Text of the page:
By Darryl Maddox
Metro Associate Editor
After accomplishing his dream right after high school to join the U.S. Marine Corps, a Tri-C student now balances his academics and serving his country in the Reserves.
Looking back at his military experience Dennis Clark is proud of his experience and takes an inventory of how it has made him a better person. The Marine boot camp is known for its intense training which Clark endured physical and mental strain daily, but learned to rely on teamwork and the ability to stay focused in extremely stressful situations.
Clark joined the Marines as an infantryman when he was 20 years old. His job is the central component of Marine ground forces and the line of defense that engages the enemy in war situations.
Clark said courage has to be a part of your character to be an infantryman. Boot camp prepared Clark for the many challenges he would encounter in the field, such as precision in shooting the M-16 assault rifle, and hand-to-hand combat – both qualifications needed to be considered for infantry.
“(I chose infantry), because I wanted to be on the battlefield,” Clark said. “I couldn’t see myself doing any other job.”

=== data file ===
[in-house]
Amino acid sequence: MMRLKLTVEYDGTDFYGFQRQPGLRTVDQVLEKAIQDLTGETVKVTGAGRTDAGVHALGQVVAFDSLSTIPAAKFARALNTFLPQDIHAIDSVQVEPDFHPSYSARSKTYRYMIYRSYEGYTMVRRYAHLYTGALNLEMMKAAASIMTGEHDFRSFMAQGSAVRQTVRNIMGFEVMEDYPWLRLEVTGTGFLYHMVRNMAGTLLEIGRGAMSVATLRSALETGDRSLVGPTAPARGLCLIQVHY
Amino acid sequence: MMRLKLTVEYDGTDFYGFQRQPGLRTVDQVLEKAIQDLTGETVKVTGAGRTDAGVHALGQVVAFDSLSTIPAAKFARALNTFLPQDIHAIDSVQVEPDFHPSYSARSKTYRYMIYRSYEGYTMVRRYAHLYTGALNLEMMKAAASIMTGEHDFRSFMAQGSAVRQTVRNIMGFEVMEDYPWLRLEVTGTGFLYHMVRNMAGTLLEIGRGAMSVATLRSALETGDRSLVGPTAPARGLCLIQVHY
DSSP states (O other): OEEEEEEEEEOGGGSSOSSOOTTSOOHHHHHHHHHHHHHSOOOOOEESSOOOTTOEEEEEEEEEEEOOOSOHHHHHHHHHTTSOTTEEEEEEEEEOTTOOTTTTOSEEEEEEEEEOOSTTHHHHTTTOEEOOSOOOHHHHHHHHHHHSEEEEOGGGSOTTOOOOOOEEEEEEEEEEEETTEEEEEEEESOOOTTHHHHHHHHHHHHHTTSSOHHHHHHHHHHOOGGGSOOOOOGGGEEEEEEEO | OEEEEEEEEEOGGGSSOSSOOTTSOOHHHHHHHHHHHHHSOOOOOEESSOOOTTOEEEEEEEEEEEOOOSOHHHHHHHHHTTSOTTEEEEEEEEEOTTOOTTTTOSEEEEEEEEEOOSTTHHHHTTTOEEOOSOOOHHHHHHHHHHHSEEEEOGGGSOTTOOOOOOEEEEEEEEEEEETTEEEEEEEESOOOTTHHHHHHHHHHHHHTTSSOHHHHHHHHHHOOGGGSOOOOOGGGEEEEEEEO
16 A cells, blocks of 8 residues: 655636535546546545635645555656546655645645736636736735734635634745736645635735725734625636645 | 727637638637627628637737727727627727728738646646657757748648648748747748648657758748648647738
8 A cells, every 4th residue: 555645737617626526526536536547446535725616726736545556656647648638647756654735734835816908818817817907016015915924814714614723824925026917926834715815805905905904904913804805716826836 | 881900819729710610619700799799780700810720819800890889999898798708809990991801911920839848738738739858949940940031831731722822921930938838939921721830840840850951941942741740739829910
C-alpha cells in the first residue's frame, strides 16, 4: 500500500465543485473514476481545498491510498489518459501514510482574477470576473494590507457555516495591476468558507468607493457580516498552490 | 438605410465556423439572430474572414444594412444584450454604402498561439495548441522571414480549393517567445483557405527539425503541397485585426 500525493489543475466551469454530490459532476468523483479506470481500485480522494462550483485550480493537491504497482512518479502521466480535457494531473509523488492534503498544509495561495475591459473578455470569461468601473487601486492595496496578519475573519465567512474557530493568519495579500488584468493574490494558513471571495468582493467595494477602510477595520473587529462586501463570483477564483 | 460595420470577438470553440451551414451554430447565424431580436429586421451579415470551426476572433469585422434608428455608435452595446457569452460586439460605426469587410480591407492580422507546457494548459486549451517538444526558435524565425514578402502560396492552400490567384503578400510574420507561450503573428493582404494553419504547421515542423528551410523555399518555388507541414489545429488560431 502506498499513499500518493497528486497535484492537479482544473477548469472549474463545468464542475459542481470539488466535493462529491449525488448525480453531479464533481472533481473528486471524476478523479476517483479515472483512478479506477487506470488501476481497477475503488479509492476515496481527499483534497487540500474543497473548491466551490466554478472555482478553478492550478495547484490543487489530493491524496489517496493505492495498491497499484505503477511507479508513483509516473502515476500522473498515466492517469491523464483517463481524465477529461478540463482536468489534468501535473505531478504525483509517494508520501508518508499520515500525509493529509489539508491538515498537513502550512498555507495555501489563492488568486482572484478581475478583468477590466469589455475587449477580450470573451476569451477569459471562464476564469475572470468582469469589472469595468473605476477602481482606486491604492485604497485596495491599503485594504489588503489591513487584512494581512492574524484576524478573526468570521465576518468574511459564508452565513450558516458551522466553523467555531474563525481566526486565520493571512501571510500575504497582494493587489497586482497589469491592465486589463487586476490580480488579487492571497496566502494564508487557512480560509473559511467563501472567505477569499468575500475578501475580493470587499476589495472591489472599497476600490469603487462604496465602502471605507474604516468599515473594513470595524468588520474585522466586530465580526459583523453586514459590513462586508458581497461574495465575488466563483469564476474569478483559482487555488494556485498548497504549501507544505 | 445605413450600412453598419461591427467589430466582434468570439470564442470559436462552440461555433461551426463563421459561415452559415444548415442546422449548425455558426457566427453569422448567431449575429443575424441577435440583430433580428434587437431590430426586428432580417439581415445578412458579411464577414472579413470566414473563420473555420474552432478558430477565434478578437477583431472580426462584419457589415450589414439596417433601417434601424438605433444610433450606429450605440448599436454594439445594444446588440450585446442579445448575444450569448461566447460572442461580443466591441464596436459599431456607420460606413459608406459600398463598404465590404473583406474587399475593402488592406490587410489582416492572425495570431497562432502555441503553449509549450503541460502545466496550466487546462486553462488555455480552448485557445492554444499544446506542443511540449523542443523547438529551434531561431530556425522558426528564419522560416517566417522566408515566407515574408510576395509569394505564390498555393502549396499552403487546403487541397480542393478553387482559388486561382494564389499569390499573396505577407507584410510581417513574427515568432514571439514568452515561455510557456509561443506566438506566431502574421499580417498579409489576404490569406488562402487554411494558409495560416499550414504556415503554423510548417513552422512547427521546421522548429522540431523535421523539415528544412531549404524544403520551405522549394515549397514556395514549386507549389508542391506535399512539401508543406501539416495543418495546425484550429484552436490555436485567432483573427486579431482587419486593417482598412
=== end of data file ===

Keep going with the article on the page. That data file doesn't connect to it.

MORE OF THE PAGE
One of the most demanding experiences that every Marine should recall is “The Crucible.” The daunting rite of passage for every Marin is described to test every recruit physically, mentally and morally, and is the defining experience of Marine recruits training, a military Website explains to recruits’ parents.
This final level test in boot camp can last 72 hours and builds on teamwork and problem solving skills.
“(The Crucible is done with) very little food and no sleep under stressful conditions,” Clark said.
Clark is a Tri-C student working toward an Associates of Science degree in physical therapist. Like any other proud Marine, Clark said he waits on the call from Uncle Sam to be the American hero he always dreamed of being, if he has to deploy.
The Marines Reserves are men and women who supplement the active military forces when needed.